This section is from the book "Amateur Work Magazine Vol5". Also available from Amazon: Amateur Work.

Terrence Trenholme

Attempting to follow the empirical constants evolved for the steam engine led the pioneer gas engine designers so far astray that one and all dropped them forthwith, and seemingly they, nor their successors have ever come together since. The indicated horse power of any engine is equal to 1-33,000 multiplied by the product of the mean effective pressure, the area of the piston, length of stroke in feet and number of power strokes per minute. In the case of steam engines this is usually expressed by the formula

H. P.= PLAN/33,000 in which:

P. Mean effective pressure in pounds per square inch.

L. Stroke in feet.

A. Piston area in square inches.

N. Number of power strokes per minute.

Taking into consideration actual working conditions and allowing for drop in pressure from various causes, the results of this formula will be found to fall within close limits of error. But with the explosive engine so many disturbing factors are present that it is almost impossible to predict from cylinder dimensions, speed and fuel, wbat power a given engine will actually develop. The most that can be done is to say what it should produce, granted that the numerous conditions of effective working are complied with. •

Assuming a given compression sufficiently short of the practical limit as not to involve any danger of spontaneous combustion, a speed that is neither unreasonably low nor excessively high, that the various parts have been correctly designed, that the mixture is good and ignition takes place at the proper point, that the resistance of the various ports and passages is not so great as to prevent the cylinder receiving an approximately full charge, a formula may be evolved which will, as above mentioned, show the best result theoretically that may be expected from an engine of given bore, stroke and speed.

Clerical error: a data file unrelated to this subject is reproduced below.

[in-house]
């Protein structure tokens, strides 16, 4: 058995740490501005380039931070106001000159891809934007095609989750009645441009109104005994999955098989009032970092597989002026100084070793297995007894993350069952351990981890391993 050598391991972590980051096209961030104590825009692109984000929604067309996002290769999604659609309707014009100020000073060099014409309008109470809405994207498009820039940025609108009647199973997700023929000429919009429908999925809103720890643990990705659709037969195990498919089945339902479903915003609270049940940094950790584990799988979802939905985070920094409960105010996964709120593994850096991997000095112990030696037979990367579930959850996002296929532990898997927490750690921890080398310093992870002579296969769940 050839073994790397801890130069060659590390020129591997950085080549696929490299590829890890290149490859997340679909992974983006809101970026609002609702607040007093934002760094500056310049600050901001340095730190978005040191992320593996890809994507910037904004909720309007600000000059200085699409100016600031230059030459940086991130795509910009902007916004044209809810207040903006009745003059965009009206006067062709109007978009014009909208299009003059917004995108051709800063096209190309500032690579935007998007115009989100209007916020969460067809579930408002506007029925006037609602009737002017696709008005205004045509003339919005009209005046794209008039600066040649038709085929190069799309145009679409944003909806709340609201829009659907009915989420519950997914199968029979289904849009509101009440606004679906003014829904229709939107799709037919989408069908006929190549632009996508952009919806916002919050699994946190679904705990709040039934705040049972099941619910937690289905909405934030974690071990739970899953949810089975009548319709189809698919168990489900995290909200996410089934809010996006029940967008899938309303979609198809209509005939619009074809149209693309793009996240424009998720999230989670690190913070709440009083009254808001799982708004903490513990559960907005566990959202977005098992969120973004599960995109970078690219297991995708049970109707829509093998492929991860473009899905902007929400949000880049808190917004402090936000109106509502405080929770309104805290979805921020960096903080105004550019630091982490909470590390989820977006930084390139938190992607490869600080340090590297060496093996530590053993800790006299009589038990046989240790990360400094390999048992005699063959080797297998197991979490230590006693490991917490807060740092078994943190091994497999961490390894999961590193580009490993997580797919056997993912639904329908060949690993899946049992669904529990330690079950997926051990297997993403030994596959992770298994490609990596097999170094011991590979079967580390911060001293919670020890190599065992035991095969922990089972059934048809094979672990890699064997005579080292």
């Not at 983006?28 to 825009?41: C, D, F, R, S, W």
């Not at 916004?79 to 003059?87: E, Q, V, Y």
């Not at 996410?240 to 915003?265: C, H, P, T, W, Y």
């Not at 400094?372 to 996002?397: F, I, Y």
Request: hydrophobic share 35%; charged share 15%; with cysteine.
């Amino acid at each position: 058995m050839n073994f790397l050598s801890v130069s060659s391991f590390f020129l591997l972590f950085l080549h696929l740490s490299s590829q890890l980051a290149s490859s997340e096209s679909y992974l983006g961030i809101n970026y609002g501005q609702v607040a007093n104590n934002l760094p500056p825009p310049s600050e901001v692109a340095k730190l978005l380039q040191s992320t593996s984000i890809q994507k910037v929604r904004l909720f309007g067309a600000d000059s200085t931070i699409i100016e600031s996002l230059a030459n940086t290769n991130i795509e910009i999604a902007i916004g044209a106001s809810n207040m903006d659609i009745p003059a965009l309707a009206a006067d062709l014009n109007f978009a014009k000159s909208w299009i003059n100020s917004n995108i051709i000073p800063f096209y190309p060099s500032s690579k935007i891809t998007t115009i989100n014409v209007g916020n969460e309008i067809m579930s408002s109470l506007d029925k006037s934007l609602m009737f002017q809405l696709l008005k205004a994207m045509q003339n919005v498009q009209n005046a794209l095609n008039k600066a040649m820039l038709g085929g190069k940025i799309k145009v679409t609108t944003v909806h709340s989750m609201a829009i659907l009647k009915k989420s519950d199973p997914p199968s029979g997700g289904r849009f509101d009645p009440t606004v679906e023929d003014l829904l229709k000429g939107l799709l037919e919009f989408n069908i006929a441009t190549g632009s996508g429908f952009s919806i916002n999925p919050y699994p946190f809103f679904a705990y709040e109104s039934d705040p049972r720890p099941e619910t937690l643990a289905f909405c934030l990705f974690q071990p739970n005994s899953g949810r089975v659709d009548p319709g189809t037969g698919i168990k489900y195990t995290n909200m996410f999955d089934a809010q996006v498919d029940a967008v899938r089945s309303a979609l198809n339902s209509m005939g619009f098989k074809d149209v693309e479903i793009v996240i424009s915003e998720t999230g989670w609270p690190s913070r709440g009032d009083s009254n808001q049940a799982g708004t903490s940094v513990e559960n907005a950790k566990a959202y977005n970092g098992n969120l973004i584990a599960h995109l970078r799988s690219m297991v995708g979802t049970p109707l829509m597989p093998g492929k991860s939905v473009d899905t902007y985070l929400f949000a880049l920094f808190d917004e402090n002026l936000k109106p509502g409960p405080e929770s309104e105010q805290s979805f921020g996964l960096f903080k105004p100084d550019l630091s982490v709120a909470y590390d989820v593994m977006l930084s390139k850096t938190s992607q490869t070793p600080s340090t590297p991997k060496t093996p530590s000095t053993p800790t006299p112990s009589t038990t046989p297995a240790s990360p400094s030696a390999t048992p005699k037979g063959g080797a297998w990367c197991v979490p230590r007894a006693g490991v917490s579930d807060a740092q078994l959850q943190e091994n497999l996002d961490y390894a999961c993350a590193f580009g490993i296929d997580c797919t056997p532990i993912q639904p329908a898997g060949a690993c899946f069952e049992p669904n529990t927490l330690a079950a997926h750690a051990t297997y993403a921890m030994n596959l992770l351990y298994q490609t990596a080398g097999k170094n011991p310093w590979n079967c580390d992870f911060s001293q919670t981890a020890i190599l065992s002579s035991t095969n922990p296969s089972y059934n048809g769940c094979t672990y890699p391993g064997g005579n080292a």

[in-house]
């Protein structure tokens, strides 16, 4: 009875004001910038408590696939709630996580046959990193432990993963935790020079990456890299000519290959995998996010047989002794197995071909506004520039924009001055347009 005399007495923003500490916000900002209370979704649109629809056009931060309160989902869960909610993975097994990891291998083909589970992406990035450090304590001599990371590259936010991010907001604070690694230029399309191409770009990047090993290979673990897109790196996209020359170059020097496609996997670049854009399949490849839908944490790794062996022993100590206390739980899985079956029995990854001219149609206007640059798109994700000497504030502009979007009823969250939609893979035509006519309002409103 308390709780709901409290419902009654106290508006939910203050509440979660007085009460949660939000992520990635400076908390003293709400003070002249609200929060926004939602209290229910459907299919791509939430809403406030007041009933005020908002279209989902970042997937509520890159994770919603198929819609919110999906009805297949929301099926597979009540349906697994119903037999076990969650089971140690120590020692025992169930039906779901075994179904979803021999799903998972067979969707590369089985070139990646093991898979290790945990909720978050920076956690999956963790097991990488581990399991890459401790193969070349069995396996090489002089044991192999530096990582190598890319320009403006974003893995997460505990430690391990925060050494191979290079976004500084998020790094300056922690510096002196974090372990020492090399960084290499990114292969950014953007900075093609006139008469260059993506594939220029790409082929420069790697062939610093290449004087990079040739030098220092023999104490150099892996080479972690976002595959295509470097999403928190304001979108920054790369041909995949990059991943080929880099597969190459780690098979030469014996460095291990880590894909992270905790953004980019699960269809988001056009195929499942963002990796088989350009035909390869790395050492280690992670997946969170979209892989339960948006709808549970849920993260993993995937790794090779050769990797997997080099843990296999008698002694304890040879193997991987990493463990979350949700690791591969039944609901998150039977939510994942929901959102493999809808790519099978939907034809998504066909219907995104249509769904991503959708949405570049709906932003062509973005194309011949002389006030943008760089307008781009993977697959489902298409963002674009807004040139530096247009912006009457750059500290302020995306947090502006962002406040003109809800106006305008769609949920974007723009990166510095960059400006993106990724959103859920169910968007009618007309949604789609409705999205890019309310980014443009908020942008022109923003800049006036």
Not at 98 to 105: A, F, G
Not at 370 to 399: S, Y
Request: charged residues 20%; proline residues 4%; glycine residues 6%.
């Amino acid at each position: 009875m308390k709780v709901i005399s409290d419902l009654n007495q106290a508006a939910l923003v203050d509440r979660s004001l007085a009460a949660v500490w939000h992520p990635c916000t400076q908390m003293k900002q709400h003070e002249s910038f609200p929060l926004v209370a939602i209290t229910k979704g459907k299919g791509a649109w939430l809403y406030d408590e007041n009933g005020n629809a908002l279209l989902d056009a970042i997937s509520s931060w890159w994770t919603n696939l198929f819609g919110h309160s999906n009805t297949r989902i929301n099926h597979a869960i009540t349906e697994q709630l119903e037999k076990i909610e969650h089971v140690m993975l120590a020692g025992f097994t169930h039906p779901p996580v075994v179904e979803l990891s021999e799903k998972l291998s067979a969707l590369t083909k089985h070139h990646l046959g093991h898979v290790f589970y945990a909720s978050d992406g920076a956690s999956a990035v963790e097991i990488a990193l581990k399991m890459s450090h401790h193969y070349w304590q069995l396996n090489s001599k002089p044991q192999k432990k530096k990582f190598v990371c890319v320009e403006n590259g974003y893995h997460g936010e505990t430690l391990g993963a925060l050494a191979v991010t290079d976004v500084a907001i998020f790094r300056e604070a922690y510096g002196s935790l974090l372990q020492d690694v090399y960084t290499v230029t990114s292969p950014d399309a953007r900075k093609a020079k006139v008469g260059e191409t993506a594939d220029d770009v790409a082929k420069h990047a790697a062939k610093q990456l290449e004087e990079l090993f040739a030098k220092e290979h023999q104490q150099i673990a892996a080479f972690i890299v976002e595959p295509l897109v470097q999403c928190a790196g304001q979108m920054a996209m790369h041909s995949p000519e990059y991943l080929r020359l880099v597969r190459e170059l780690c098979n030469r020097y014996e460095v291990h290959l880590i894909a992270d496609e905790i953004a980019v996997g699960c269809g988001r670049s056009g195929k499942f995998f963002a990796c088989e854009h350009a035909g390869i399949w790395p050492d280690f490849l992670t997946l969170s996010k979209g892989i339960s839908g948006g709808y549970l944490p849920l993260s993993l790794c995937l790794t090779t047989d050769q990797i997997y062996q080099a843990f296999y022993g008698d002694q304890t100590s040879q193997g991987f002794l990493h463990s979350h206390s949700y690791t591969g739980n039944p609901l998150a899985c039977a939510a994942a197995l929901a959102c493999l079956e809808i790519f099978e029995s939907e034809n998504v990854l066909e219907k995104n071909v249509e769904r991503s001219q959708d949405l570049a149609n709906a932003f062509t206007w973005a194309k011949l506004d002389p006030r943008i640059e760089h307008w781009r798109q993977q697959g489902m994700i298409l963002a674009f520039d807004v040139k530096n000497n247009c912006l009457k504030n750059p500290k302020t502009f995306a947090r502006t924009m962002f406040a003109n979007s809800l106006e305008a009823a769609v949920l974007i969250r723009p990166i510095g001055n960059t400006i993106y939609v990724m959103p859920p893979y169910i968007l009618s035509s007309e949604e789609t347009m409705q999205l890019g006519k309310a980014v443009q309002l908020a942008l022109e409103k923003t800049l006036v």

By omitting the compression factor, the man who reads in a catalogue that the stroke and bore of a motor are of given dimensions, and B. P. M. are of specified number, may obtain approximate results by following this simple formula, the calculation in this instance giving the brake or actual horse power.

B. H. P. = D2 x L N/18,000 in which:

D. Piston diameter in inches or bore.

L. Stroke in inches.

N. Revolutions per minute.

The denominator varying according to the design of the engine and the character of the fuel.

By assuming a piston speed, this may be simplified to such an extent that, given the piston diameter, what any engine is capable of producing may be known with but little calculation.

General practice in four-cycle engines favors a piston speed of 500 feet per minute, in small stationary and marine engines up to 700 feet, and in automobile motors 800 to 1000 feet, so adopting 600 feet per minute as a mean, we have 2L x N / 12 = piston speed in ft. per minute, or = 600

L N = 3600

B.H.P.= D2 x 3,600 / 18,000=D2 / 5 in which D, L and N represent the same values as above. Thus with this piston speed the horse power per cylinder would equal approximately one-fifth of the square of the bore. In other words, an engine, with a 5 x 6 in. cylinder, should produce 5 h. p. at 600 R. P. M., but this Bomewhat lower than the speed of the average automobile motor. The denominator four will approximately express the difference represented by an additional one to two hundred revolutions per minute, will produce 6ih. p., and soon in proportion as speed increases.

For gasoline, E. W. Roberts, in the gas engine handbook, gives the following:

B.H.P. = D2 x L x N / 13.500 and this has been found to work out well in practice. But the engine builder who blindly follows any set formula is sure to be disappointed at the concrete result, and the majority of those who have started with a formula as a working basis, toiled over a long and weary road, full of vexatious obstructions being producing a motor that fulfilled expectations to any ex-teut. Formulae, generally speaking, represent maximum values obtainable under ideal conditions, and this is particularly the case where they have not been continually modified and readjusted as the result of experience extending over a number of years.-"Automobile Magazine. "

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